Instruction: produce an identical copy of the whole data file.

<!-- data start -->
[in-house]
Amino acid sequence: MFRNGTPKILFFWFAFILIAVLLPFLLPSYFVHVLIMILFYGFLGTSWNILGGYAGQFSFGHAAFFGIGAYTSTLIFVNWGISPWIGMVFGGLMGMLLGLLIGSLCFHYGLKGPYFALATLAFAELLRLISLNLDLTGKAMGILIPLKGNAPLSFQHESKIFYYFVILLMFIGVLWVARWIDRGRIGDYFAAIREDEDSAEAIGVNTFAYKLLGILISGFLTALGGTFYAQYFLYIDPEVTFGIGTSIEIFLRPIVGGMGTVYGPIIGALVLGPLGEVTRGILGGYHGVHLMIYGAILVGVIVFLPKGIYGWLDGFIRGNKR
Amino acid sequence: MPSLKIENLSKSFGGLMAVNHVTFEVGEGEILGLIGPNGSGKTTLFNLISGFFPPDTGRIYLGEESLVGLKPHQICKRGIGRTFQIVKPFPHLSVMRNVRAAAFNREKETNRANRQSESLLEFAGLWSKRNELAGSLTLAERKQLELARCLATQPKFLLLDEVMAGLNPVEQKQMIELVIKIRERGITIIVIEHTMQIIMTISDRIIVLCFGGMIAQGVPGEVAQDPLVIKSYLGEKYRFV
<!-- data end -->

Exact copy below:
[in-house]
Amino acid sequence: MFRNGTPKILFFWFAFILIAVLLPFLLPSYFVHVLIMILFYGFLGTSWNILGGYAGQFSFGHAAFFGIGAYTSTLIFVNWGISPWIGMVFGGLMGMLLGLLIGSLCFHYGLKGPYFALATLAFAELLRLISLNLDLTGKAMGILIPLKGNAPLSFQHESKIFYYFVILLMFIGVLWVARWIDRGRIGDYFAAIREDEDSAEAIGVNTFAYKLLGILISGFLTALGGTFYAQYFLYIDPEVTFGIGTSIEIFLRPIVGGMGTVYGPIIGALVLGPLGEVTRGILGGYHGVHLMIYGAILVGVIVFLPKGIYGWLDGFIRGNKR
Amino acid sequence: MPSLKIENLSKSFGGLMAVNHVTFEVGEGEILGLIGPNGSGKTTLFNLISGFFPPDTGRIYLGEESLVGLKPHQICKRGIGRTFQIVKPFPHLSVMRNVRAAAFNREKETNRANRQSESLLEFAGLWSKRNELAGSLTLAERKQLELARCLATQPKFLLLDEVMAGLNPVEQKQMIELVIKIRERGITIIVIEHTMQIIMTISDRIIVLCFGGMIAQGVPGEVAQDPLVIKSYLGEKYRFV